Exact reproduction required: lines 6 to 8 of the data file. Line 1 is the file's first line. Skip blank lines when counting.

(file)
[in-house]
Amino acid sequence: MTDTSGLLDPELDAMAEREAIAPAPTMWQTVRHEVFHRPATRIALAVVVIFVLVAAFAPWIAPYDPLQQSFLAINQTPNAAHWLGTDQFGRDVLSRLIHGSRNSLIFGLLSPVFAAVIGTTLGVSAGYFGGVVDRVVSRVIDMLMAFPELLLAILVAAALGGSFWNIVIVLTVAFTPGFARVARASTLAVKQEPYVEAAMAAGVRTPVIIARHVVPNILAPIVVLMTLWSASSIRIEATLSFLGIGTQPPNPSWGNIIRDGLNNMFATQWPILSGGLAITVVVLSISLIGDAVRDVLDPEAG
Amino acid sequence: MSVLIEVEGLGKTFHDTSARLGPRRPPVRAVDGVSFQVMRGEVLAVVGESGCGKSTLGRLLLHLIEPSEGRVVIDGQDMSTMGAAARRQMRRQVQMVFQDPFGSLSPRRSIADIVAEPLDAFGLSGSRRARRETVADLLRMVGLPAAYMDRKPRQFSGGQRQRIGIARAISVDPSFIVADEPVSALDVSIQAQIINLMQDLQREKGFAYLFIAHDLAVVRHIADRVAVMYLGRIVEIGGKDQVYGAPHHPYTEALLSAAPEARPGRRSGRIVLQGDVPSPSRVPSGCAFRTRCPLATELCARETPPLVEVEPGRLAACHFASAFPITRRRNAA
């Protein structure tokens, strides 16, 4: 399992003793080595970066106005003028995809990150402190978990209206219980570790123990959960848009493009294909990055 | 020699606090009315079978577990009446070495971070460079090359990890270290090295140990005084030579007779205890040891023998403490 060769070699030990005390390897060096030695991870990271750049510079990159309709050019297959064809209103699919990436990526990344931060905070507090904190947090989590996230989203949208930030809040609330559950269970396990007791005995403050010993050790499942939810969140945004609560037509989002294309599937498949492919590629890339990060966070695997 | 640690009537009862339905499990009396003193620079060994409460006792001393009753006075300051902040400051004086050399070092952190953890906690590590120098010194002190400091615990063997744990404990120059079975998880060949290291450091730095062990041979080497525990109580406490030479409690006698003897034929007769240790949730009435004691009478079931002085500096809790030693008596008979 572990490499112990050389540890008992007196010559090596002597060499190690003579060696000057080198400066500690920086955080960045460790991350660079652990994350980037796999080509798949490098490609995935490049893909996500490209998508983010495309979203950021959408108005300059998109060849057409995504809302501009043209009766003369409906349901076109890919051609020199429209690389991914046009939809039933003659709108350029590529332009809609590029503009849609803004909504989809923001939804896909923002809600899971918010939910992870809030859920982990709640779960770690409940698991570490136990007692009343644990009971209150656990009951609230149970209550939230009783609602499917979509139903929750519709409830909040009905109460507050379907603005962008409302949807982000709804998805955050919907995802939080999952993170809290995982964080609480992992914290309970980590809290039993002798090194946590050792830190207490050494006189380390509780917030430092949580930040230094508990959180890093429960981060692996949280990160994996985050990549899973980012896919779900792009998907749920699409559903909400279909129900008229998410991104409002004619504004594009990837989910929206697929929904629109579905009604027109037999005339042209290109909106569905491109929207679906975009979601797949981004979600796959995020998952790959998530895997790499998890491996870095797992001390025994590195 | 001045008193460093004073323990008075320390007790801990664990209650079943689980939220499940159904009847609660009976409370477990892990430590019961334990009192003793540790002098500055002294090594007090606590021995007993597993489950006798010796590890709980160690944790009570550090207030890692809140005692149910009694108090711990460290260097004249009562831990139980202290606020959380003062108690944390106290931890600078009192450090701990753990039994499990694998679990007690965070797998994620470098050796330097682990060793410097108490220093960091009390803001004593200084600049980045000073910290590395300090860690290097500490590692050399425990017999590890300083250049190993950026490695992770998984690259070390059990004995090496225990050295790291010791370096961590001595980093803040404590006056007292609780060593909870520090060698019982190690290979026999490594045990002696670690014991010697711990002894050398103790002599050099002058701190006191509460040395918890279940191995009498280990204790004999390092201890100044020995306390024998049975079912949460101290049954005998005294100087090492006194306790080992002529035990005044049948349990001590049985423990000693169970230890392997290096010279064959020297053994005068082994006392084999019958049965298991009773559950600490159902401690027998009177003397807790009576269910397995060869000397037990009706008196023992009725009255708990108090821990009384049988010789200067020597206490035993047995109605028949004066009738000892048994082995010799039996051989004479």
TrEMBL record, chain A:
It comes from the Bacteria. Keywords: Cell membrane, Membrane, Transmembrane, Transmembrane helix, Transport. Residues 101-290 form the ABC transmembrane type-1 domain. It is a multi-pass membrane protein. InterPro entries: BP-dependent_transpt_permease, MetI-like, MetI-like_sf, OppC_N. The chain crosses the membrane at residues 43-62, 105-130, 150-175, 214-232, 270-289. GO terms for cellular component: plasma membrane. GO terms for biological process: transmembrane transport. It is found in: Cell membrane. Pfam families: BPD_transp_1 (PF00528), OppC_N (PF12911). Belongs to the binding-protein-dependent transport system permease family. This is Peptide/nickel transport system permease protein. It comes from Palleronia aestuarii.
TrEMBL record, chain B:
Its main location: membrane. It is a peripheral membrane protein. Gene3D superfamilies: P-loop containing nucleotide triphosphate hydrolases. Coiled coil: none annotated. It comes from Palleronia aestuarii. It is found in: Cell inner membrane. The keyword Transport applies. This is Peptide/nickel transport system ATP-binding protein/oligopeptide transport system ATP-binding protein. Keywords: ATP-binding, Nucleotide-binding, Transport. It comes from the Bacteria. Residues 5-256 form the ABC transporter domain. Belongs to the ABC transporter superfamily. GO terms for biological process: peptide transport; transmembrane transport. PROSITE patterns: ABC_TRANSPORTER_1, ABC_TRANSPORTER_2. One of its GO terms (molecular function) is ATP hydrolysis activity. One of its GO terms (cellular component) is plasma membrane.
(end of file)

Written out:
It comes from the Bacteria. Keywords: Cell membrane, Membrane, Transmembrane, Transmembrane helix, Transport. Residues 101-290 form the ABC transmembrane type-1 domain. It is a multi-pass membrane protein. InterPro entries: BP-dependent_transpt_permease, MetI-like, MetI-like_sf, OppC_N. The chain crosses the membrane at residues 43-62, 105-130, 150-175, 214-232, 270-289. GO terms for cellular component: plasma membrane. GO terms for biological process: transmembrane transport. It is found in: Cell membrane. Pfam families: BPD_transp_1 (PF00528), OppC_N (PF12911). Belongs to the binding-protein-dependent transport system permease family. This is Peptide/nickel transport system permease protein. It comes from Palleronia aestuarii.
TrEMBL record, chain B:
Its main location: membrane. It is a peripheral membrane protein. Gene3D superfamilies: P-loop containing nucleotide triphosphate hydrolases. Coiled coil: none annotated. It comes from Palleronia aestuarii. It is found in: Cell inner membrane. The keyword Transport applies. This is Peptide/nickel transport system ATP-binding protein/oligopeptide transport system ATP-binding protein. Keywords: ATP-binding, Nucleotide-binding, Transport. It comes from the Bacteria. Residues 5-256 form the ABC transporter domain. Belongs to the ABC transporter superfamily. GO terms for biological process: peptide transport; transmembrane transport. PROSITE patterns: ABC_TRANSPORTER_1, ABC_TRANSPORTER_2. One of its GO terms (molecular function) is ATP hydrolysis activity. One of its GO terms (cellular component) is plasma membrane.